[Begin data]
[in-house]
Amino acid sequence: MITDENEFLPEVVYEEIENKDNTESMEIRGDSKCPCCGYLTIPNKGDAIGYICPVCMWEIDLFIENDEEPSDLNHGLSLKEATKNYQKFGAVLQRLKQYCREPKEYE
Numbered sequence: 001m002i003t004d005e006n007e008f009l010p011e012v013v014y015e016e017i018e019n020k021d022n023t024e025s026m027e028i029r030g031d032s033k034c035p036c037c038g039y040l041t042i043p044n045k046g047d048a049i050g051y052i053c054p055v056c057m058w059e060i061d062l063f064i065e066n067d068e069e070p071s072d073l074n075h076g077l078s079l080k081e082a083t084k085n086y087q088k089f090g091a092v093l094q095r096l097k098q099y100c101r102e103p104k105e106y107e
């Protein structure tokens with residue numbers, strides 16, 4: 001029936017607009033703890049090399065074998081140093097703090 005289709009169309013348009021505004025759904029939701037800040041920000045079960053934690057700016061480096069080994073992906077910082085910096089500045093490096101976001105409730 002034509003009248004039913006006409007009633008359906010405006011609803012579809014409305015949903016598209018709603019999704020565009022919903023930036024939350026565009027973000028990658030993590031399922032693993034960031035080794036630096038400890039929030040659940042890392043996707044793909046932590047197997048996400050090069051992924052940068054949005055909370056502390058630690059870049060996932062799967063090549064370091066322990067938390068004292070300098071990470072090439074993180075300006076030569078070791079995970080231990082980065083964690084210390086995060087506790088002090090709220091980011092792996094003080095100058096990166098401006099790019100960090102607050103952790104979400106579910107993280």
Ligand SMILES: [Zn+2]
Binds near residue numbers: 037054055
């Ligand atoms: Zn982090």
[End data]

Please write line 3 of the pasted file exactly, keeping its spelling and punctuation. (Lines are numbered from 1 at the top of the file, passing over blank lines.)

Numbered sequence: 001m002i003t004d005e006n007e008f009l010p011e012v013v014y015e016e017i018e019n020k021d022n023t024e025s026m027e028i029r030g031d032s033k034c035p036c037c038g039y040l041t042i043p044n045k046g047d048a049i050g051y052i053c054p055v056c057m058w059e060i061d062l063f064i065e066n067d068e069e070p071s072d073l074n075h076g077l078s079l080k081e082a083t084k085n086y087q088k089f090g091a092v093l094q095r096l097k098q099y100c101r102e103p104k105e106y107e